Just Parents Live as a Light to Their Children
Just and unjust parents both have dark and rainy days when hard moments occur. No one is immune from hardship and struggle. But, no matter the difficulty, just parents are a light to their family. Just parents shine the way toward peace, teach confidence through self-mastery, and nurture strong family relationships. Just parents know their role in the family and never stop pointing the way toward safety and happiness.
Proverbs 4:18 says, “The path of the just is as the shining light…” When parents learn to govern themselves, then their children are blessed to see what a self-governed, free person looks like. The parent’s life becomes the example of how great and purposeful life can be. The just parent’s life is a light in a dark world leading children toward God’s even greater light and truth.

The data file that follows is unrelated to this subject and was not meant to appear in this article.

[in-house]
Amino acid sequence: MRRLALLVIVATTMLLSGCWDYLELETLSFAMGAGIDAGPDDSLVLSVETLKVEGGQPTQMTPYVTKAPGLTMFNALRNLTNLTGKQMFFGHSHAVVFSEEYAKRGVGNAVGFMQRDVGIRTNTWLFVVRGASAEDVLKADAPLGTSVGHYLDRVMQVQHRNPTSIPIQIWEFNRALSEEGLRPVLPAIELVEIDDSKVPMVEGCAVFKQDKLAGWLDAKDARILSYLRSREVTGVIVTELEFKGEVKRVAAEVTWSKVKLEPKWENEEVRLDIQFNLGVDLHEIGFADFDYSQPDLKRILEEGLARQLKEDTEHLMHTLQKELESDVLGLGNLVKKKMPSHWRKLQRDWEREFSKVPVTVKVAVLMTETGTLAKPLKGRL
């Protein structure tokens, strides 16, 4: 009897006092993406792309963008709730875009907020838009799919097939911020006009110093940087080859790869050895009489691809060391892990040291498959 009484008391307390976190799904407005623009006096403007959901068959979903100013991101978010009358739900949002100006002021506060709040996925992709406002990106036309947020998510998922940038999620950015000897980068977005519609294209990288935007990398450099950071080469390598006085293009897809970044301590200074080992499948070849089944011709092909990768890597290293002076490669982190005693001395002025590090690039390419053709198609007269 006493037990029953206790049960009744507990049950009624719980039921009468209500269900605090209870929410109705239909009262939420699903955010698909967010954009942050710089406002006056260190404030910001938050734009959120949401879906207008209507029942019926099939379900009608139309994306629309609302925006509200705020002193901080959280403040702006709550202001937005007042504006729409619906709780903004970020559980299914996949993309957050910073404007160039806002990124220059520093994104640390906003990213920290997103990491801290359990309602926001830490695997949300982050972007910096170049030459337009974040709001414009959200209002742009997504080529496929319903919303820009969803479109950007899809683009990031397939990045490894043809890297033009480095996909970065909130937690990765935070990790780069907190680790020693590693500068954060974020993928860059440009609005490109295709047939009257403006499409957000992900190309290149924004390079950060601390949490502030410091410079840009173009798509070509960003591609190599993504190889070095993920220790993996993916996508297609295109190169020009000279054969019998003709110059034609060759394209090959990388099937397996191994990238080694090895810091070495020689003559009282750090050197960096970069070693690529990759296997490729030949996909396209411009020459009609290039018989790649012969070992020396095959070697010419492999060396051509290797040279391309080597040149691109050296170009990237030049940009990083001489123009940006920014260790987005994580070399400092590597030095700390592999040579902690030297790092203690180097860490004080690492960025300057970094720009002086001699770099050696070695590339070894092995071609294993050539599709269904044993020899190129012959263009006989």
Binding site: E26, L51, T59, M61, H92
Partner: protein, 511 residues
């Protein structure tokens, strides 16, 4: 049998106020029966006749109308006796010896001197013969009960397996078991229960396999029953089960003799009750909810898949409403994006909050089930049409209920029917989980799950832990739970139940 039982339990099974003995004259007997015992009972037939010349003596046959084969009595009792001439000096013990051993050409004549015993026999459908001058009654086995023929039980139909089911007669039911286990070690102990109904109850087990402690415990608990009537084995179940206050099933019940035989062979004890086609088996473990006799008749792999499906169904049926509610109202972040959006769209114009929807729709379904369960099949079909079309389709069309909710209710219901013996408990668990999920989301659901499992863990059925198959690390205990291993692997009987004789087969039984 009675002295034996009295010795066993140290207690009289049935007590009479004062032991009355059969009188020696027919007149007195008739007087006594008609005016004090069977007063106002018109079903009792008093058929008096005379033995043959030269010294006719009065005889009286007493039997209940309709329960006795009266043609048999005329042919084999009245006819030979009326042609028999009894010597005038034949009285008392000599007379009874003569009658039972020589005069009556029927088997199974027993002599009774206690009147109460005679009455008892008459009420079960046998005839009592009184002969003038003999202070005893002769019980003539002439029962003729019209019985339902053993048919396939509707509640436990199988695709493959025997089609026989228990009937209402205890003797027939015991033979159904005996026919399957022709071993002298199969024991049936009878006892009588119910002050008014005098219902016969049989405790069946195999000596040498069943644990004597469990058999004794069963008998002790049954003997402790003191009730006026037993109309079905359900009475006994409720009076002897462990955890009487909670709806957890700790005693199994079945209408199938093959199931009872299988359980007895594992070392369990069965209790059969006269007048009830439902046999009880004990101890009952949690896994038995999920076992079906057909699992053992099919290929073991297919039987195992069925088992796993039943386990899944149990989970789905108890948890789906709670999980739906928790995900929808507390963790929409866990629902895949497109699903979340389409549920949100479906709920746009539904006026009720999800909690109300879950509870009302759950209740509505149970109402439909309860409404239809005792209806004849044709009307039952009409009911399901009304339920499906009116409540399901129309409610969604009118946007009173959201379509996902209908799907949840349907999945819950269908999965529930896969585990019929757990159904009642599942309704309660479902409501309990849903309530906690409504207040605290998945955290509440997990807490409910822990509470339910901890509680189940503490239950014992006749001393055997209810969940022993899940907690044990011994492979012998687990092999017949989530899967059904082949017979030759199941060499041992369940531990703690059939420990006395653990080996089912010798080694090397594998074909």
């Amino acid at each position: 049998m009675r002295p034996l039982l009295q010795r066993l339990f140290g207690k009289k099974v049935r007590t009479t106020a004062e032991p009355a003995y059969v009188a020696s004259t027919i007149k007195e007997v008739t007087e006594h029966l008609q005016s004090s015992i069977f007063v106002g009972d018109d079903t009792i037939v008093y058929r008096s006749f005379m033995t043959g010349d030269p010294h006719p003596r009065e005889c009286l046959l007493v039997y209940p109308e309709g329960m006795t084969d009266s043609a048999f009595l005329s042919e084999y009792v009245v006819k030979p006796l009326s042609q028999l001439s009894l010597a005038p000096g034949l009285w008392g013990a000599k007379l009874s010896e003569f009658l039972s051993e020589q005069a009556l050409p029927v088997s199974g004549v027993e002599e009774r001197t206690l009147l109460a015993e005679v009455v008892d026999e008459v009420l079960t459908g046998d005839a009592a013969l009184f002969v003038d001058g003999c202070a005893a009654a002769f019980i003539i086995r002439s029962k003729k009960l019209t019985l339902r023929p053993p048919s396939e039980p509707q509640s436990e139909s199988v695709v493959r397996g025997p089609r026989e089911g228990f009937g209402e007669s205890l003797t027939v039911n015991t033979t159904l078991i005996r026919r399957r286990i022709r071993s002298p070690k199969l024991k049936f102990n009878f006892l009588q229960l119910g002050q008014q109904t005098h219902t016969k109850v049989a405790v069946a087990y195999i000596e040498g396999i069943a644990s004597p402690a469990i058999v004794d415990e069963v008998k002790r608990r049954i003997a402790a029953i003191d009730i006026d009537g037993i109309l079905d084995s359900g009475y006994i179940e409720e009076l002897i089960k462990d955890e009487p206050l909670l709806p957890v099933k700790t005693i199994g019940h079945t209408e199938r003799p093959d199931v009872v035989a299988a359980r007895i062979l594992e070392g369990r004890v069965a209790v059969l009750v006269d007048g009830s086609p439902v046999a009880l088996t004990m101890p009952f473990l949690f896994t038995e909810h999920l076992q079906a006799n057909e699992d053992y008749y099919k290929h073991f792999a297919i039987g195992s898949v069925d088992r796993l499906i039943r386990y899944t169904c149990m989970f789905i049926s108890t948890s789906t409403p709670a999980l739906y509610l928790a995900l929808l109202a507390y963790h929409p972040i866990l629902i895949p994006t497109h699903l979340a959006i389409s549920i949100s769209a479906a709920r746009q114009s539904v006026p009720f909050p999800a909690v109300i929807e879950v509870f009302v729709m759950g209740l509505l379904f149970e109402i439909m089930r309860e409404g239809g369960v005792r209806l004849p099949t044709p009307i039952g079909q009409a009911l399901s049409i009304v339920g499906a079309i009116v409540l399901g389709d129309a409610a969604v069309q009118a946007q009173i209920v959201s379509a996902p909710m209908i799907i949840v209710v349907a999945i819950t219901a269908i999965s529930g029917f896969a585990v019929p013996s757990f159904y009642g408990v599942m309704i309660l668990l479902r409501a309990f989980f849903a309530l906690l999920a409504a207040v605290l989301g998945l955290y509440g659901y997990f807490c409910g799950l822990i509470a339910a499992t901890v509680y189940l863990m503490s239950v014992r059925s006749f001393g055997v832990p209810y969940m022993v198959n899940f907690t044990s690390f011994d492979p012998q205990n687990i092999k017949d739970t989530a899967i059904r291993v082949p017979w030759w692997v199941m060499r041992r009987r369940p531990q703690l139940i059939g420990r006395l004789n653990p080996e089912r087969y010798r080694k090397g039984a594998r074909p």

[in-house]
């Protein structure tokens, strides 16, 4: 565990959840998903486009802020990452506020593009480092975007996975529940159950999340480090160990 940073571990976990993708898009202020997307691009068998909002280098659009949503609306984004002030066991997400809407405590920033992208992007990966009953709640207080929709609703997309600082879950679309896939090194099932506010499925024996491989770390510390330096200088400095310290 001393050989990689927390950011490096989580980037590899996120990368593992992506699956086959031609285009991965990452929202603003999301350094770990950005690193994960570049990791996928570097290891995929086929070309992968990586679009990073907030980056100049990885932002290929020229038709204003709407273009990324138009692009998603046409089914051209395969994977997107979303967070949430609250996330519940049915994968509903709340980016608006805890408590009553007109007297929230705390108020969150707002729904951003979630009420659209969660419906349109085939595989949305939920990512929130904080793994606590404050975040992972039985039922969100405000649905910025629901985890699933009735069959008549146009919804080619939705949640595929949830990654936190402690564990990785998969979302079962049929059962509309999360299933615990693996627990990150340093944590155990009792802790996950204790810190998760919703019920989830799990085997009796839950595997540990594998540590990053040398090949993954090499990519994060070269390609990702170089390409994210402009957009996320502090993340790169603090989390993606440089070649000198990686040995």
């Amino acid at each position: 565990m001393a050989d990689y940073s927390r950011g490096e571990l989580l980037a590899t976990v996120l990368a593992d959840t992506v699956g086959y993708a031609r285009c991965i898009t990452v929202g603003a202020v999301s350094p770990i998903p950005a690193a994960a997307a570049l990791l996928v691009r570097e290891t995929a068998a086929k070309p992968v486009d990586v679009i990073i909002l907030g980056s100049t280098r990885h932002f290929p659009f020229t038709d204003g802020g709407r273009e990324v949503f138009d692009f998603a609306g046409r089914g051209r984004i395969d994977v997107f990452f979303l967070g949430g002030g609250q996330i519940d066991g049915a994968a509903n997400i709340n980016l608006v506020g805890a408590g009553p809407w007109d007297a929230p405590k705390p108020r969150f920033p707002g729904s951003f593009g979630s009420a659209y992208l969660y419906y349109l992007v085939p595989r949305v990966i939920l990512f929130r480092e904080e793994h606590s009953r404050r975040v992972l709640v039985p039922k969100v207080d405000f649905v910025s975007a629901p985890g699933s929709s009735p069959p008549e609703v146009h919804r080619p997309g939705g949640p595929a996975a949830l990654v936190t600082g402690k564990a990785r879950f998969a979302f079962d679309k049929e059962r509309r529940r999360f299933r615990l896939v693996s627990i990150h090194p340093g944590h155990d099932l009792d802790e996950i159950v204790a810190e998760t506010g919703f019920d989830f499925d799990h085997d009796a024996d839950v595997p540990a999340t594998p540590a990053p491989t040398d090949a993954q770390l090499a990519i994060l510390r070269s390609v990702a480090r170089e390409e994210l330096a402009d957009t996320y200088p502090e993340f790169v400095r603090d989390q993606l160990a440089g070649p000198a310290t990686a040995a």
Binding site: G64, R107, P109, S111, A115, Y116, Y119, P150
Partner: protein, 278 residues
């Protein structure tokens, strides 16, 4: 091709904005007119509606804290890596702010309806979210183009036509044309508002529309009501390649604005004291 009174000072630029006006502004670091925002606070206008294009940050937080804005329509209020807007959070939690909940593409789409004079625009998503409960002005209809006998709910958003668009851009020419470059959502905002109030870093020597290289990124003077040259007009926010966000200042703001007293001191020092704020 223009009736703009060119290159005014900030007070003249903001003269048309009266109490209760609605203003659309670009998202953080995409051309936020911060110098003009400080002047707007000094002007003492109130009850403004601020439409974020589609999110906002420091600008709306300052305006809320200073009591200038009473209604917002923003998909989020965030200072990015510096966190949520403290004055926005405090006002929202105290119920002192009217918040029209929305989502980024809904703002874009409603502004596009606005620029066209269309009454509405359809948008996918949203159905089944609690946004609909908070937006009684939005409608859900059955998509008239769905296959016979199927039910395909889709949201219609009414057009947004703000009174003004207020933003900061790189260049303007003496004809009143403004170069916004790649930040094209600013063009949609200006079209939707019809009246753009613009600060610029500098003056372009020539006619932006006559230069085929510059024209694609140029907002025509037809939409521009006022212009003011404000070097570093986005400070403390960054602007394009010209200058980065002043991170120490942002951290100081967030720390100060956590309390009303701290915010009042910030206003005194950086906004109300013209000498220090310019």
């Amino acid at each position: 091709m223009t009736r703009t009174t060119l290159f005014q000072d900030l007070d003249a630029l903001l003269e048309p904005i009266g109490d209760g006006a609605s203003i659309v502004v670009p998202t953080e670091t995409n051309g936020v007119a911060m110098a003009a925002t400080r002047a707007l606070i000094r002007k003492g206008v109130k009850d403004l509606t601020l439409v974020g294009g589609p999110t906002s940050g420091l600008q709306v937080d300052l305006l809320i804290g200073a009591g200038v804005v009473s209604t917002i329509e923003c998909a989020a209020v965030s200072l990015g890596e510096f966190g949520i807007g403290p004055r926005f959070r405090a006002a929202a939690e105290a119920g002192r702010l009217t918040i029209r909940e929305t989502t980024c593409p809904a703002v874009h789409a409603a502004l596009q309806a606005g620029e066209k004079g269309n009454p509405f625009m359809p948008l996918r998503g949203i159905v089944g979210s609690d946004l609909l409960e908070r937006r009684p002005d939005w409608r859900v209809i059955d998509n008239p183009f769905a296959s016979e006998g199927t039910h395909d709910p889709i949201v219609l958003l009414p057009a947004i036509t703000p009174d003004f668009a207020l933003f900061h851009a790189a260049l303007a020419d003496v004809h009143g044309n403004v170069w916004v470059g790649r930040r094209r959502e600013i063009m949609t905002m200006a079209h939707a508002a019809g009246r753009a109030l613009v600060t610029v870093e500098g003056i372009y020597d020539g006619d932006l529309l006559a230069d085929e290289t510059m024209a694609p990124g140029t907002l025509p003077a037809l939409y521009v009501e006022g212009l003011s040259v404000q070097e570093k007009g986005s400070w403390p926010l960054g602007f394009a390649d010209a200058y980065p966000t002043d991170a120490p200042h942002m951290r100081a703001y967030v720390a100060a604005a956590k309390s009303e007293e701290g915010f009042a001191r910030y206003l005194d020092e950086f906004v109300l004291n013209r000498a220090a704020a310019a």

When I was a child, I was able to carefully assess how just my parents were behaving at any given time. When I felt they were less just I didn’t feel as grateful for them. Many years were wasted because we focused too much on changing each other instead of changing ourselves. A just person, whether a parent or child, puts his/her greatest effort into changing his/her own heart and behaviors. This is the essence of self-government. When we take full responsibility for our happiness and actions, then we’re not only honest, but we’re also just.
This is the type of parent I try every day to become. This is my battle hymn to remind me to battle myself and my shortcomings each day!